Walnut Ridge Llama Farm

Tennessee educators find fiber, fun and full-time fascination on the farm.


| January/February 2008


Jerry and Carolyn Ayers fell in love with llamas at the 1998 Rare Breed Exposition in Knoxville, Tennessee. The brilliantly colored fiber, slinky bodies and mystic personalities of those noble camel cousins so captivated the couple, they decided to purchase two right then and there and take them back to their small farm in Chuckey, Tennessee.

Now, eight years later, their 10-acre spread is home to more than 50 llamas. “We are llamaholics,” Jerry declares proudly. “We’re addicted to their serene nature and beauty. Our passion for llamas has become a business.”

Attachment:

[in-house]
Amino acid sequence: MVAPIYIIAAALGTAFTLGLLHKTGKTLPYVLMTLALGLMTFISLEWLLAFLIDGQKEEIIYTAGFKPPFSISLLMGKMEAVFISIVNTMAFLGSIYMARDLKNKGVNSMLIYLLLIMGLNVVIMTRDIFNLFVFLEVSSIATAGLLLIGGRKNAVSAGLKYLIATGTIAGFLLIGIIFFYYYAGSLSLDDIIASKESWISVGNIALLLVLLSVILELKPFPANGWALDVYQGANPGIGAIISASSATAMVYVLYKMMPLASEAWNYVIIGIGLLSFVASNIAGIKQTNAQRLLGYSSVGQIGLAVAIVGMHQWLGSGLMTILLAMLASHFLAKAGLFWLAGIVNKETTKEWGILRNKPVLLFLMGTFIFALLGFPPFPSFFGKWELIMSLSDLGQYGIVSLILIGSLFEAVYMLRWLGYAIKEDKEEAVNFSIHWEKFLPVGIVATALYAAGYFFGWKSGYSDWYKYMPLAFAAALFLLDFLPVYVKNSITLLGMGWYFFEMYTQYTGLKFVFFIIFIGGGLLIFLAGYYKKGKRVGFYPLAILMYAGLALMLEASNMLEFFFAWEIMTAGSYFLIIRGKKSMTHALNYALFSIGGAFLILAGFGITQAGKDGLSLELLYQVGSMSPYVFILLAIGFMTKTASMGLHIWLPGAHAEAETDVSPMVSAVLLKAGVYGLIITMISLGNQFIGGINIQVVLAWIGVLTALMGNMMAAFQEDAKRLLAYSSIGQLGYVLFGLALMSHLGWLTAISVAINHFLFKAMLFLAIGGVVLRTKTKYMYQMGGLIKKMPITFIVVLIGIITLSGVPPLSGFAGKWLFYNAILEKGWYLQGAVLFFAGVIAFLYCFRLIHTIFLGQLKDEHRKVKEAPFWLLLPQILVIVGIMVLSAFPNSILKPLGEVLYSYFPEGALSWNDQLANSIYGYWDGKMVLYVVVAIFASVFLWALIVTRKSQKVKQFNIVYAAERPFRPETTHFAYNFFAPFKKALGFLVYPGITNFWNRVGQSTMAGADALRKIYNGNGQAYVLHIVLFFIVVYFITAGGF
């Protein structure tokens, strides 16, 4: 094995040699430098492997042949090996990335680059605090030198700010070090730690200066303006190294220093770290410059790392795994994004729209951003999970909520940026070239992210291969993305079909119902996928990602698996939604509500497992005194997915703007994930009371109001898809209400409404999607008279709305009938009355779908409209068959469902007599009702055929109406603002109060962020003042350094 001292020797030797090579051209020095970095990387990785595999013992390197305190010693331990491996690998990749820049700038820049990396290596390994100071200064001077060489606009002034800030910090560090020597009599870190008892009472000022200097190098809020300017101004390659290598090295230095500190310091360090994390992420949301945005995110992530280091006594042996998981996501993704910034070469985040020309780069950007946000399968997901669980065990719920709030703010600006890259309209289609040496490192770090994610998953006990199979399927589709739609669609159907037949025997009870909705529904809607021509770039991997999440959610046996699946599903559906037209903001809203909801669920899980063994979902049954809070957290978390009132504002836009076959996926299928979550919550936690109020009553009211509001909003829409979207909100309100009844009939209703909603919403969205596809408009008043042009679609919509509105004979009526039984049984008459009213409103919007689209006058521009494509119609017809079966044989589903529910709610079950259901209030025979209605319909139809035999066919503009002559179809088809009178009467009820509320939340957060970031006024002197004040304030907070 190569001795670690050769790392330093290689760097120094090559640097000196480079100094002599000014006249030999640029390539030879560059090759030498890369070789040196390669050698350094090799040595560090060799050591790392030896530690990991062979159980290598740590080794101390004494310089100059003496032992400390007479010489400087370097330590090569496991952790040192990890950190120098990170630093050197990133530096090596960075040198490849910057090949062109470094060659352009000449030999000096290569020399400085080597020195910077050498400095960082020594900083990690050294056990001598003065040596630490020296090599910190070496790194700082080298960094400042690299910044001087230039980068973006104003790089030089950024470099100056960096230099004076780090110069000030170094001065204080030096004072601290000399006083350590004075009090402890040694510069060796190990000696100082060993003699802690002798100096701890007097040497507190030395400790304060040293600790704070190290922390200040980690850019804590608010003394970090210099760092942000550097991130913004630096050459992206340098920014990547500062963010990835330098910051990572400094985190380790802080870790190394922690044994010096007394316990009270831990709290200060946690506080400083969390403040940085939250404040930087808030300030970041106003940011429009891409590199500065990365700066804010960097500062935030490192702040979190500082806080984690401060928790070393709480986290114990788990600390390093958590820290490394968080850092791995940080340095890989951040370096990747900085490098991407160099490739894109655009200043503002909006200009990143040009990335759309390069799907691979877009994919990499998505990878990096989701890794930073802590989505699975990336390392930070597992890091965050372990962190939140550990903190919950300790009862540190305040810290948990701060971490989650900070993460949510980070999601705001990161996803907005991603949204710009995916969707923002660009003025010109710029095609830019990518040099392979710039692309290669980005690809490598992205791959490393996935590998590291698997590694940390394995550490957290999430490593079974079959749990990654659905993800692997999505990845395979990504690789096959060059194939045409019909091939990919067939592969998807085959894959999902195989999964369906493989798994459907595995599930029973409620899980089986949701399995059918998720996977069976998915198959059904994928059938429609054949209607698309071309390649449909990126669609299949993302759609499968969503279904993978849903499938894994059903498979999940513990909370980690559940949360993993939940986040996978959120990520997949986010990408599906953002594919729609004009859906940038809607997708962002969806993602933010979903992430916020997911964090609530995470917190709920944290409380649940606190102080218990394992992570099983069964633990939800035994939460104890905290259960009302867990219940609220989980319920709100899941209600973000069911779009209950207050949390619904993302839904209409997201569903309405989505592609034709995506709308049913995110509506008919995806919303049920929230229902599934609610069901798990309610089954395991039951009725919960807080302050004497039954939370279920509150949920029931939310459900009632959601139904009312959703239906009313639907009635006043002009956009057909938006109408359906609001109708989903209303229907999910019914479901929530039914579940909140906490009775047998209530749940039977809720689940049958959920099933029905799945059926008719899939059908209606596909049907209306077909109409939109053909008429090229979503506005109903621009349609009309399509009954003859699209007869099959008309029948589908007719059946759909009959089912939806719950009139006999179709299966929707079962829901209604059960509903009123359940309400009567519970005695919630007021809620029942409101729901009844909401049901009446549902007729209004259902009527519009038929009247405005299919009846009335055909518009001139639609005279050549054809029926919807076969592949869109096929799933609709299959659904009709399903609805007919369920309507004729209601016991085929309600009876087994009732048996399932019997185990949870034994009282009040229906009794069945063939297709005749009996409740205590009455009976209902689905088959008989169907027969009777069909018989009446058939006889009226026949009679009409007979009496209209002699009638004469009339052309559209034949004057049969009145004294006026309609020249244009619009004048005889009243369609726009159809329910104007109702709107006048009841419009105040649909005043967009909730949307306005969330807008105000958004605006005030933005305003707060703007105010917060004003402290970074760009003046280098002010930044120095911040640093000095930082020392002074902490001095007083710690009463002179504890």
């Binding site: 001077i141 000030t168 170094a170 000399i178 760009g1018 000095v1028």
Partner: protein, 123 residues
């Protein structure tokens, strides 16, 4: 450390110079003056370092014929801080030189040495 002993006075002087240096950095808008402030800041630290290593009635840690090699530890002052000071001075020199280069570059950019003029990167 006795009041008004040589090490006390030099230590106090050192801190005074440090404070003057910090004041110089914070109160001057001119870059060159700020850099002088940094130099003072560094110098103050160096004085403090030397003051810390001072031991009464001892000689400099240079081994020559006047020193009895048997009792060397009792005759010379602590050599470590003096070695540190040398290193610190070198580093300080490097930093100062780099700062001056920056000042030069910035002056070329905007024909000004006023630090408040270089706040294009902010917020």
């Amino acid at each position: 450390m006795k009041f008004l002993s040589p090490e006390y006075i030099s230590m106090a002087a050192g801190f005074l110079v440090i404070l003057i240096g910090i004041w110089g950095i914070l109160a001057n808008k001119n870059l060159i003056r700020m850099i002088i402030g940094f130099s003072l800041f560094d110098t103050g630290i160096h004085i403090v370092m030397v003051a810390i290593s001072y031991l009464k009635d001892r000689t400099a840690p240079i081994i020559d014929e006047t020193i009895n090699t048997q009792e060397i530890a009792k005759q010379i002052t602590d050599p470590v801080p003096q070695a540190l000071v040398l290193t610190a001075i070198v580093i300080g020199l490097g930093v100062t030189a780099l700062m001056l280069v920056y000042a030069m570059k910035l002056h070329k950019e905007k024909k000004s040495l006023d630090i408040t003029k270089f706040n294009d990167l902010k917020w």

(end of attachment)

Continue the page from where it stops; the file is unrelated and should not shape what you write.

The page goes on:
Close to 30,000 llama farms can be found nationwide. The couple’s Walnut Ridge Llama Farm and Store is the second largest such farm in Tennessee.

Located on a hillside along the Chuckey Highway between Greeneville and Limestone, the farm welcomes visitors who can go face to face with the llamas and browse through the Walnut Ridge Store. They quickly understand why the Ayerses like these extraordinary creatures so much.

A tale worth telling

The Ayers operation was founded about a decade ago with Suffolk sheep and Nubian goats, but now, except for one emu, one miniature horse, one pot-bellied pig and a flock of chickens, the family is living the full-fledged llama lifestyle. Jerry still maintains his position as principal at Greeneville High School, but Carolyn, a former fourth-grade teacher, has now dived into the llama business full time.

“People are enamored by the llamas,” says Jerry, describing the animals as the perfect alternative livestock. “They’re cheaper to raise than cows or horses and require less maintenance.” For the price to feed one horse, the Ayerses can feed six llamas.





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